Sunday, September 30, 2007

How This Fund Raiser Started

Mind you, this story was reported last week by several diametrically opposite persons. I've heard from everyone on the political spectrum who believe in the first amendment.

The story was first run by Jon Healy of the LA Times and subsequently picked up by Edward Padgett and Michelle Malkin.

This shopkeeper
and several others were the subject of scrutiny by Carrie Olson, COO of Move On.Org. She requested to CafePress that our designs be taken down due to "trademark infringement." She closed with the name of her attorneys. Our crime? We'd used their name to criticize them when designing shirts that disagreed with their portrayal of General Petraeus.

Even though she was wrong, rather than face prolonged litigation with a
moneyed political organization, Cafe Press quickly took them down within an hour of her letter. Why? I only have to assume that the first round of CP staffers didn't understand trademark law. Maybe they were afraid of a bigger organization. Perhaps some in the Berkeley office of Cafe Press disagreed with the shirts. Maybe they really didn't understand the depths to which the First Amendment runs.

However, 2 days after they were taken down, the legal beagles at Cafe Press volleyed back to Olson, citing the First Amendment and several precedent-setting cases. They were brilliant. One only wishes they'd picked this up 2 days earlier. But it was too late. Everything had already been taken down. It appeared that Cafe Press had become a place where MoveOn.Org would never be challenged.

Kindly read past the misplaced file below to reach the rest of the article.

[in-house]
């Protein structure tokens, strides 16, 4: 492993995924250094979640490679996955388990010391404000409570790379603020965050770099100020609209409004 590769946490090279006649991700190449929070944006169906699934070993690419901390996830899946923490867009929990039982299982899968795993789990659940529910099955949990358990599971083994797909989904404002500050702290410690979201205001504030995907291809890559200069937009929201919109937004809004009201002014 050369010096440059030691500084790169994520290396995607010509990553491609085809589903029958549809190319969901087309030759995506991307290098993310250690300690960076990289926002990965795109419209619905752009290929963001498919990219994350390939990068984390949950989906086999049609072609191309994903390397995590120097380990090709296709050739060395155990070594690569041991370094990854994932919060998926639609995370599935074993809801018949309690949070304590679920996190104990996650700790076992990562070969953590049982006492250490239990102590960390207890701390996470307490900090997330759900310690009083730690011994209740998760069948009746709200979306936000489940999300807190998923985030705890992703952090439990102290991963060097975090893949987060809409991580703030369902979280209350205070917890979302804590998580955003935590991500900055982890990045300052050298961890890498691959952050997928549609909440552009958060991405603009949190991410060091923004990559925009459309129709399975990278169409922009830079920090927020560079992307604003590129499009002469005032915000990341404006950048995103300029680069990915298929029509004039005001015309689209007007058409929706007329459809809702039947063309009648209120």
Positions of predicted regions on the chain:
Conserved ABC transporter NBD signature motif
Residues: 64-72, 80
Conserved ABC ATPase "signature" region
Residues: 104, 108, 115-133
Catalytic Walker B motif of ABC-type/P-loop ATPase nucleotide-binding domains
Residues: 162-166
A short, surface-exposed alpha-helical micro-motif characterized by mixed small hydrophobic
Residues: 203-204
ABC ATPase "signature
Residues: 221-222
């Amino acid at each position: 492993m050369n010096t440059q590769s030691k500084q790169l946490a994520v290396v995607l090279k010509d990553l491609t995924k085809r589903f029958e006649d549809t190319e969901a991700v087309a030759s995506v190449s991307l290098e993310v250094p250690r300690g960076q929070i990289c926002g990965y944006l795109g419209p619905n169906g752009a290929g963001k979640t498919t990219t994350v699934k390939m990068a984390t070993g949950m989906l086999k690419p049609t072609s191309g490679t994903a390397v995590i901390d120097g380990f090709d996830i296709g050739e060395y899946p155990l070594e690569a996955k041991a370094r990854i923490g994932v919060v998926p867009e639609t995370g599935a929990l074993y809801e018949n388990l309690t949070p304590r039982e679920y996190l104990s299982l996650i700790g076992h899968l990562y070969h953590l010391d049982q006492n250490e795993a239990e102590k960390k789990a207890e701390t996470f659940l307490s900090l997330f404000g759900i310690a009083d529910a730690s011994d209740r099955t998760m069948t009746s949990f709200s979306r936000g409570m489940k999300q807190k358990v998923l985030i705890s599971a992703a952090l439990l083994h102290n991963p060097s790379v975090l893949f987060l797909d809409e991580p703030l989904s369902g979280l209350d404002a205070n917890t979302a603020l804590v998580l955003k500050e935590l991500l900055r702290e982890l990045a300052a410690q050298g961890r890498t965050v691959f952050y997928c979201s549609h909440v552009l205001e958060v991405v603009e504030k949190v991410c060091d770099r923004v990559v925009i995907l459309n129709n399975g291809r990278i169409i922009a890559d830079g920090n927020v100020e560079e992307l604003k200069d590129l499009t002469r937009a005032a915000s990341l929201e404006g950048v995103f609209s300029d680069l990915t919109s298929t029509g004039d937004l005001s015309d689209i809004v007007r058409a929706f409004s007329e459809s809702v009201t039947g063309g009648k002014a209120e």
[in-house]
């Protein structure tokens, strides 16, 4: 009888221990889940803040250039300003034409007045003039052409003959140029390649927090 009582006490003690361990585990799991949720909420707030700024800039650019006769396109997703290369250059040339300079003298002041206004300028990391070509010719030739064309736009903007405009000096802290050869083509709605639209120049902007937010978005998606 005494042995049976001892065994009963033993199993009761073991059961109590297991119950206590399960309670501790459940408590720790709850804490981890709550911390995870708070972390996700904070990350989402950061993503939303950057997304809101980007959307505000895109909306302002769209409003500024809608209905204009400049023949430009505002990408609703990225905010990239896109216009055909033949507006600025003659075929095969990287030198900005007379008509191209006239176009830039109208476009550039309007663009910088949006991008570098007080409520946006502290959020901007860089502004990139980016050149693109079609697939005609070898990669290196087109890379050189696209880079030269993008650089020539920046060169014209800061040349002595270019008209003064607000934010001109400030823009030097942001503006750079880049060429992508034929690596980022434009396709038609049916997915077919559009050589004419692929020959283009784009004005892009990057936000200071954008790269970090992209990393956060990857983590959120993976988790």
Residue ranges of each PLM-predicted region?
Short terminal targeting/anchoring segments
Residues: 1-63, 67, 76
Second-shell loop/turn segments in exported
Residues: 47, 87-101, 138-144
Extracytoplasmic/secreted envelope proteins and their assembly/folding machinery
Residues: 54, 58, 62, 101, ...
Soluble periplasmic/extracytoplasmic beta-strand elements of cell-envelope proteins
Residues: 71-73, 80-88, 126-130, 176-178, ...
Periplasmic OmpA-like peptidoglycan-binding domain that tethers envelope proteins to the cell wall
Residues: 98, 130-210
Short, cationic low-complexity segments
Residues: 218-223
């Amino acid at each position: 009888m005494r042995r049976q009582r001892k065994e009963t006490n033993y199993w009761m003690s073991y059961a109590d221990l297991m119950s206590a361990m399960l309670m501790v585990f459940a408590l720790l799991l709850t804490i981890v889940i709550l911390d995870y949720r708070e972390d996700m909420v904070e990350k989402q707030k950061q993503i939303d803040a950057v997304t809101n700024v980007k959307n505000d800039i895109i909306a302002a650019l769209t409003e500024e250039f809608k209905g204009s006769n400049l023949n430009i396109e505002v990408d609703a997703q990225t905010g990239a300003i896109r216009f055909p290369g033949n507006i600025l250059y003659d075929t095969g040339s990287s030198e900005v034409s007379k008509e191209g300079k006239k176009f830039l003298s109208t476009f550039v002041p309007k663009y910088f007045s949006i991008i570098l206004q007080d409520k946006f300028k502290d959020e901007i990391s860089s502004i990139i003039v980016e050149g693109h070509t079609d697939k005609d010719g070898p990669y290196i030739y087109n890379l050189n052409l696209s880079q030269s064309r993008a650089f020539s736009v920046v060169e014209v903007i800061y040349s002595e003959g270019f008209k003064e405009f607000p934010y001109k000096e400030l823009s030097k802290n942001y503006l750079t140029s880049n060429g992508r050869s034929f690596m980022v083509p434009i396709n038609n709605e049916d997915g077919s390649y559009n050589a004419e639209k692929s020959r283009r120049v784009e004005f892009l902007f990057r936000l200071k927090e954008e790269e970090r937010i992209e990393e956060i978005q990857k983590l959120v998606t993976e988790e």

But Consider This

Because of the First Amendment, we have a nation that is shaped by discourse --civil or otherwise. We understand that the right to free speech is for everyone, just not those who can slap shopkeepers with the name of their attorneys at the bottom
of a letter. Furthermore, we put up with garbage like the Petraeus ad, fully expecting to be able to voice our dissent. What we don't expect is to be threatened with litigation over "trademark infringement." If we are not able to use a name (none of the original shirts taken down used their logo or font), how is anyone to criticize them?

That's why I'm proud to show you the newest design. The First Amendment design is coupled with the original Banned T-shirt logo. With apologies to Lord Voldemort, I hope that no one gets him confused with this "group that shall not be named." Even he deserves better.


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